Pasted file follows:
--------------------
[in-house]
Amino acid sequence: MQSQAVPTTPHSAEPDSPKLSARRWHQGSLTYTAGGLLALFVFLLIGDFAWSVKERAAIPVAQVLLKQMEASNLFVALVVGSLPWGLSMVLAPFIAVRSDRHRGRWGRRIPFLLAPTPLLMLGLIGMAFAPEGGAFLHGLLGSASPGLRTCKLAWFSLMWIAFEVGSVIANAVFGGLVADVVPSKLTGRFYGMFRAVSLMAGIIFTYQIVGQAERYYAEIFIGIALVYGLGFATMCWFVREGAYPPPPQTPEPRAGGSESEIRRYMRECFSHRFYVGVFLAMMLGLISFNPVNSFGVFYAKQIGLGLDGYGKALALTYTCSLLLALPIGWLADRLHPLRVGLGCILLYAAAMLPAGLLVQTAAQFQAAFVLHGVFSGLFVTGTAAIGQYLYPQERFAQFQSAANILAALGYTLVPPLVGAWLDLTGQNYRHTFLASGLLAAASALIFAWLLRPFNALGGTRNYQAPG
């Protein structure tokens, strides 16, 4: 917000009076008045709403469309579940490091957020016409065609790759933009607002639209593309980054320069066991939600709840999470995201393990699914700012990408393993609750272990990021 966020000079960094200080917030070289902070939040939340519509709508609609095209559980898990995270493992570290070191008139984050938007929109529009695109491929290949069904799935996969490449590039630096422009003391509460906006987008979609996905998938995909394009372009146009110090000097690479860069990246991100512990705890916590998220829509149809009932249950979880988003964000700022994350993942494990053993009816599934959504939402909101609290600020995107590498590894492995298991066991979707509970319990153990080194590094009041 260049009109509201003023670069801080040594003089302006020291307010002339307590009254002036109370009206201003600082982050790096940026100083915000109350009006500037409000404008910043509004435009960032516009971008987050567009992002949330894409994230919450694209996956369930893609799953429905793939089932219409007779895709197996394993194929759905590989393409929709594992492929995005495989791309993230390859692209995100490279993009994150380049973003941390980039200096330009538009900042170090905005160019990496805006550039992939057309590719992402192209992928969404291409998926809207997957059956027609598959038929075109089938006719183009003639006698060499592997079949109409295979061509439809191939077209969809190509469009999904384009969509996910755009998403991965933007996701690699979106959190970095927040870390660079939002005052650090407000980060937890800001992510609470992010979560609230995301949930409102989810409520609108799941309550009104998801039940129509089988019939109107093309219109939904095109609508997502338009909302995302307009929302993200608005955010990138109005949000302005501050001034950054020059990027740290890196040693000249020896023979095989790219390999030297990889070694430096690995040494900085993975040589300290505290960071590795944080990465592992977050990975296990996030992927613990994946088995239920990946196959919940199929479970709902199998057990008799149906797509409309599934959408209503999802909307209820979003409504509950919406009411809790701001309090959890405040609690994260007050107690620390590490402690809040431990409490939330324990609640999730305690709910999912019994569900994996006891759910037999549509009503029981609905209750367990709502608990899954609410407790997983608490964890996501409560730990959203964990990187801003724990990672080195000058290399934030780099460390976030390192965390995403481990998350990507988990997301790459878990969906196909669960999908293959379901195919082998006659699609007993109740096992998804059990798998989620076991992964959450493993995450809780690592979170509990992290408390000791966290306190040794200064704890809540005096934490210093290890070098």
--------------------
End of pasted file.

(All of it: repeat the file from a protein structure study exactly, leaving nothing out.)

[in-house]
Amino acid sequence: MQSQAVPTTPHSAEPDSPKLSARRWHQGSLTYTAGGLLALFVFLLIGDFAWSVKERAAIPVAQVLLKQMEASNLFVALVVGSLPWGLSMVLAPFIAVRSDRHRGRWGRRIPFLLAPTPLLMLGLIGMAFAPEGGAFLHGLLGSASPGLRTCKLAWFSLMWIAFEVGSVIANAVFGGLVADVVPSKLTGRFYGMFRAVSLMAGIIFTYQIVGQAERYYAEIFIGIALVYGLGFATMCWFVREGAYPPPPQTPEPRAGGSESEIRRYMRECFSHRFYVGVFLAMMLGLISFNPVNSFGVFYAKQIGLGLDGYGKALALTYTCSLLLALPIGWLADRLHPLRVGLGCILLYAAAMLPAGLLVQTAAQFQAAFVLHGVFSGLFVTGTAAIGQYLYPQERFAQFQSAANILAALGYTLVPPLVGAWLDLTGQNYRHTFLASGLLAAASALIFAWLLRPFNALGGTRNYQAPG
């Protein structure tokens, strides 16, 4: 917000009076008045709403469309579940490091957020016409065609790759933009607002639209593309980054320069066991939600709840999470995201393990699914700012990408393993609750272990990021 966020000079960094200080917030070289902070939040939340519509709508609609095209559980898990995270493992570290070191008139984050938007929109529009695109491929290949069904799935996969490449590039630096422009003391509460906006987008979609996905998938995909394009372009146009110090000097690479860069990246991100512990705890916590998220829509149809009932249950979880988003964000700022994350993942494990053993009816599934959504939402909101609290600020995107590498590894492995298991066991979707509970319990153990080194590094009041 260049009109509201003023670069801080040594003089302006020291307010002339307590009254002036109370009206201003600082982050790096940026100083915000109350009006500037409000404008910043509004435009960032516009971008987050567009992002949330894409994230919450694209996956369930893609799953429905793939089932219409007779895709197996394993194929759905590989393409929709594992492929995005495989791309993230390859692209995100490279993009994150380049973003941390980039200096330009538009900042170090905005160019990496805006550039992939057309590719992402192209992928969404291409998926809207997957059956027609598959038929075109089938006719183009003639006698060499592997079949109409295979061509439809191939077209969809190509469009999904384009969509996910755009998403991965933007996701690699979106959190970095927040870390660079939002005052650090407000980060937890800001992510609470992010979560609230995301949930409102989810409520609108799941309550009104998801039940129509089988019939109107093309219109939904095109609508997502338009909302995302307009929302993200608005955010990138109005949000302005501050001034950054020059990027740290890196040693000249020896023979095989790219390999030297990889070694430096690995040494900085993975040589300290505290960071590795944080990465592992977050990975296990996030992927613990994946088995239920990946196959919940199929479970709902199998057990008799149906797509409309599934959408209503999802909307209820979003409504509950919406009411809790701001309090959890405040609690994260007050107690620390590490402690809040431990409490939330324990609640999730305690709910999912019994569900994996006891759910037999549509009503029981609905209750367990709502608990899954609410407790997983608490964890996501409560730990959203964990990187801003724990990672080195000058290399934030780099460390976030390192965390995403481990998350990507988990997301790459878990969906196909669960999908293959379901195919082998006659699609007993109740096992998804059990798998989620076991992964959450493993995450809780690592979170509990992290408390000791966290306190040794200064704890809540005096934490210093290890070098």